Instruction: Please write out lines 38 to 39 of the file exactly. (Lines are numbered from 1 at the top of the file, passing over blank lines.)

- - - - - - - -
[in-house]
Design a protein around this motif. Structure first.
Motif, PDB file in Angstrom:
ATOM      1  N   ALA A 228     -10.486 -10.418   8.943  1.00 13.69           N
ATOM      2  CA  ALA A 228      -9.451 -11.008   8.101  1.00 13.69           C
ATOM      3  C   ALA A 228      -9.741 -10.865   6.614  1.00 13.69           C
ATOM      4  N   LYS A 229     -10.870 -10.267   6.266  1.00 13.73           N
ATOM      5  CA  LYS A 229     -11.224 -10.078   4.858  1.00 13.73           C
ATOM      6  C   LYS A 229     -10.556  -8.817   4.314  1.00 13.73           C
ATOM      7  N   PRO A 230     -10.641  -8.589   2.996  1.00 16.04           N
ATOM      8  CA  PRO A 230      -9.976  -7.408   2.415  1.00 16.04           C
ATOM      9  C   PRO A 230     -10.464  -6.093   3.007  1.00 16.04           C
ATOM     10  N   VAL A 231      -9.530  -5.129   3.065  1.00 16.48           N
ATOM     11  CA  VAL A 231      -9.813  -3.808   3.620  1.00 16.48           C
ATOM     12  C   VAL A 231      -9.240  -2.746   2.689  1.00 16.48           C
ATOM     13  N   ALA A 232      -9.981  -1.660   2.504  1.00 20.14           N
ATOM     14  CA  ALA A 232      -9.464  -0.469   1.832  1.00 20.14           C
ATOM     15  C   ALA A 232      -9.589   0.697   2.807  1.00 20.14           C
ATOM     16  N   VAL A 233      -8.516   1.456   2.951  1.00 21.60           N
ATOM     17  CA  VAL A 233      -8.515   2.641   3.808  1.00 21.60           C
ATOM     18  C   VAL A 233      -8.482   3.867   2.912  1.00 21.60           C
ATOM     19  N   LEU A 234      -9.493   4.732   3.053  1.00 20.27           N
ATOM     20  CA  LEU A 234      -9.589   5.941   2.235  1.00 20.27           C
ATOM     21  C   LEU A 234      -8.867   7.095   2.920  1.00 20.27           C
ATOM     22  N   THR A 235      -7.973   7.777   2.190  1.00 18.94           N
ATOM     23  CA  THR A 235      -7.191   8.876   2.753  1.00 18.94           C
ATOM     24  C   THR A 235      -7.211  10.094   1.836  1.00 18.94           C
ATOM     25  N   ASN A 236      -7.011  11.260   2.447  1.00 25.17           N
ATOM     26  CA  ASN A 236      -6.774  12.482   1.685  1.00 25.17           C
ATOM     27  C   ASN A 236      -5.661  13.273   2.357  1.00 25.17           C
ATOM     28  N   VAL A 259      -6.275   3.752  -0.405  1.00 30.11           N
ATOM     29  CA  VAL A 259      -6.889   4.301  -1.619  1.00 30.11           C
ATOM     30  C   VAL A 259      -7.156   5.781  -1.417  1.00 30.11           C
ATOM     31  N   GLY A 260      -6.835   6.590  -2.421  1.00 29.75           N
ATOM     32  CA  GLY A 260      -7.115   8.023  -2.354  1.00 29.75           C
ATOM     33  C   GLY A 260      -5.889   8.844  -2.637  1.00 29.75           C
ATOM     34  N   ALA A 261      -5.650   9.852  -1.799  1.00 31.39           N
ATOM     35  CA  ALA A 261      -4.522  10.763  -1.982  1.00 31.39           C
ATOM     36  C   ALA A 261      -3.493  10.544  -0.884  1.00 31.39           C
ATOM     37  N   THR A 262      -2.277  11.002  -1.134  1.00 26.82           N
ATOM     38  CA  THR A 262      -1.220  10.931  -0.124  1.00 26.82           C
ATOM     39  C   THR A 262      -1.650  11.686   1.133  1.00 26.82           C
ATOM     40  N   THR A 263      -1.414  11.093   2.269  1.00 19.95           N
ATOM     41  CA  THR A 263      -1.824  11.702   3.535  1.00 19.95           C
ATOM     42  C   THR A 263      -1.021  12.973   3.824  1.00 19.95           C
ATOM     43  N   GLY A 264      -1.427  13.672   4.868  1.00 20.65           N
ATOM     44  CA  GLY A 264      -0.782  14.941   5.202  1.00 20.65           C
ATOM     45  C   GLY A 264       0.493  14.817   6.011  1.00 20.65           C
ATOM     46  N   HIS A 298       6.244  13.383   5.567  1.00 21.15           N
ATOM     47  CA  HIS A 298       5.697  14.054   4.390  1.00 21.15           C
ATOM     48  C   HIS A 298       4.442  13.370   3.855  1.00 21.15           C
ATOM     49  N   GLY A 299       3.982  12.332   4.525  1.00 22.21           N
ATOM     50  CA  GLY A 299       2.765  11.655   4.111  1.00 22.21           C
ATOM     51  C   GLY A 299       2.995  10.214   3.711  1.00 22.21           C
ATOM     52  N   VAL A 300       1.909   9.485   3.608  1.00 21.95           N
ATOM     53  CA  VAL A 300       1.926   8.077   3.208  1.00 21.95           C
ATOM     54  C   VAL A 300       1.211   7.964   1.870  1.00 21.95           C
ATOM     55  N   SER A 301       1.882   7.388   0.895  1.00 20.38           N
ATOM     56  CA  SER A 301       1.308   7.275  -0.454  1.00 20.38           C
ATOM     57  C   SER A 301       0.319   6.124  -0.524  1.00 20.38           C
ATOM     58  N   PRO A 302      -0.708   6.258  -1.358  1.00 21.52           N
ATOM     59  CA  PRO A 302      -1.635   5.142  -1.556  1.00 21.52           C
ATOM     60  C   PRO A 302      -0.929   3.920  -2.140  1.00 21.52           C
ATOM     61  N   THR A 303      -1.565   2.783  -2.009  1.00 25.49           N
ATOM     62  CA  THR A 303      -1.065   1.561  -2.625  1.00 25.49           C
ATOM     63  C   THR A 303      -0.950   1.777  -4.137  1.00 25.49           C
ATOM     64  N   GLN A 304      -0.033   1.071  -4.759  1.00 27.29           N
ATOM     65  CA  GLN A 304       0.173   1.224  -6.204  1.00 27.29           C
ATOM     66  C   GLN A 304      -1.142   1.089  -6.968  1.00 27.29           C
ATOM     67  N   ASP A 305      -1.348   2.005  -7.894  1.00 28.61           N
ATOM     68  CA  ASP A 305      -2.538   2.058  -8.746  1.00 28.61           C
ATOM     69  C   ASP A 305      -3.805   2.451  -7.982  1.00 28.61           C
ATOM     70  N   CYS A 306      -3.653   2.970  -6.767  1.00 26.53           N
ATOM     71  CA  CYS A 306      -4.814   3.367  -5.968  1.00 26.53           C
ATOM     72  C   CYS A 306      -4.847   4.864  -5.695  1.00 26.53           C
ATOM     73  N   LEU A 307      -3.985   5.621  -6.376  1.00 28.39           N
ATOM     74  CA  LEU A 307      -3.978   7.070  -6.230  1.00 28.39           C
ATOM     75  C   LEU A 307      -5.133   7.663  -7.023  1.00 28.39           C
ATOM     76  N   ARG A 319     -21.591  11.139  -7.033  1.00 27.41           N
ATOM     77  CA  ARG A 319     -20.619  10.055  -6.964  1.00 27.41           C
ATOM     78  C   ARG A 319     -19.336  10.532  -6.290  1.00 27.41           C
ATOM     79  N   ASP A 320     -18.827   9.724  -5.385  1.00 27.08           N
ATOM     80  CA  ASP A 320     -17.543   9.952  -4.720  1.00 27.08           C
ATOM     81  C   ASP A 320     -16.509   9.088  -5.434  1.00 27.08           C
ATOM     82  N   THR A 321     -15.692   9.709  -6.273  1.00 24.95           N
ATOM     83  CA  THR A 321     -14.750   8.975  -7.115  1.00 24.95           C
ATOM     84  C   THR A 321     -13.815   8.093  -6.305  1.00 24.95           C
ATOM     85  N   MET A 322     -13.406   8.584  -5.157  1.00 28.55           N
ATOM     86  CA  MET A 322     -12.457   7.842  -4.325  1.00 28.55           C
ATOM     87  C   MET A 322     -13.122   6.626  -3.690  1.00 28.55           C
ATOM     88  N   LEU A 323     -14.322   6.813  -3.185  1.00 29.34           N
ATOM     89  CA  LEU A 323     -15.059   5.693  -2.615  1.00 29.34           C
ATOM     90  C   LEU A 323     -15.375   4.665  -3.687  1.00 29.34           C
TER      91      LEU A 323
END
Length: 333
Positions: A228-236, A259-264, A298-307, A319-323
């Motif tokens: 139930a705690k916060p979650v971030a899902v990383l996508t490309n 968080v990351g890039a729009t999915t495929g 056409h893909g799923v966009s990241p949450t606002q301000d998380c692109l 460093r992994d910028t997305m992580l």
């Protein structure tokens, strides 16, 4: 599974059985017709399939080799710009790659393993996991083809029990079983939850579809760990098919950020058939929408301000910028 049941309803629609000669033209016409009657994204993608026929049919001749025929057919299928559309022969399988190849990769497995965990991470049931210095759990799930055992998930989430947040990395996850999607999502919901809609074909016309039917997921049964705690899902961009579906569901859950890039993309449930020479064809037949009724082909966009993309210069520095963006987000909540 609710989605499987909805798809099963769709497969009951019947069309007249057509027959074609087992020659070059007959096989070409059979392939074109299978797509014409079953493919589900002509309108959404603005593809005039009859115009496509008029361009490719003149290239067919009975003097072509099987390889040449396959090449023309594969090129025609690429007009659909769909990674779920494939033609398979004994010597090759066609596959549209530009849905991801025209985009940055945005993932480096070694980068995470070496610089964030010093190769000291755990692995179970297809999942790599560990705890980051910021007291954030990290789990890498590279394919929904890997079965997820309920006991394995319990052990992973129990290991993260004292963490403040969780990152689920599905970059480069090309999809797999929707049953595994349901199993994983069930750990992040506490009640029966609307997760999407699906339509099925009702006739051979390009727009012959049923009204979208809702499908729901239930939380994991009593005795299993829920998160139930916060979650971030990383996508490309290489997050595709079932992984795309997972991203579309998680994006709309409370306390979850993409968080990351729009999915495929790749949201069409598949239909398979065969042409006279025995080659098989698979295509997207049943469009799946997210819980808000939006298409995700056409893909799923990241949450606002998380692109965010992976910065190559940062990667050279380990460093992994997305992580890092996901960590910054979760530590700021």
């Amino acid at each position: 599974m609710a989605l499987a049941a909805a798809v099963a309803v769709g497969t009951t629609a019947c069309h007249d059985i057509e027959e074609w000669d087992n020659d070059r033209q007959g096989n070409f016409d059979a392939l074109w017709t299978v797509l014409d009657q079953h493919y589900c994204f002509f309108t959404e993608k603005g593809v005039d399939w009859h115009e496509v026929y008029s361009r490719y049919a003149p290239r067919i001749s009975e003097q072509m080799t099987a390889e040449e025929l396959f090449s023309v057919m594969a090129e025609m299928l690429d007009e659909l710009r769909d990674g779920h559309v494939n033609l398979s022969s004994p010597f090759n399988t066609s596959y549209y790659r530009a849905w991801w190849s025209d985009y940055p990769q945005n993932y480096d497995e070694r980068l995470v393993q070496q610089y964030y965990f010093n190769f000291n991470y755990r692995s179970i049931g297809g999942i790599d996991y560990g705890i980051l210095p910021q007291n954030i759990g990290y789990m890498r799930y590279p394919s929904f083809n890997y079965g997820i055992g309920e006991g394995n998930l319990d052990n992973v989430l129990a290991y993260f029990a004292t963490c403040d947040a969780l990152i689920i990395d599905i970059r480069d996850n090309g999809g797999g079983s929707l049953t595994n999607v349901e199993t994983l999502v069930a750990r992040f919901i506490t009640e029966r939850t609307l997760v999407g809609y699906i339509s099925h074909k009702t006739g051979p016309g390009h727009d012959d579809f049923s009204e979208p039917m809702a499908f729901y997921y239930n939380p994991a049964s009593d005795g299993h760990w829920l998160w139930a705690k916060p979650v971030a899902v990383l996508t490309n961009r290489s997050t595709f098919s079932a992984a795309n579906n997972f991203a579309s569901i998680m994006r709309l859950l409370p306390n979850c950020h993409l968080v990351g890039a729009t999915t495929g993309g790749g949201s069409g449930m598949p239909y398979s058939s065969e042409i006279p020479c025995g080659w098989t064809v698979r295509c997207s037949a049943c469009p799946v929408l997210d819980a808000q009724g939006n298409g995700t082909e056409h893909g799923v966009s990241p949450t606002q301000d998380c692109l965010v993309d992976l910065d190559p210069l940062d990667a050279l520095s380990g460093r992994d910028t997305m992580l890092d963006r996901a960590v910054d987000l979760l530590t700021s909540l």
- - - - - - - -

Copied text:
ATOM     35  CA  ALA A 261      -4.522  10.763  -1.982  1.00 31.39           C
ATOM     36  C   ALA A 261      -3.493  10.544  -0.884  1.00 31.39           C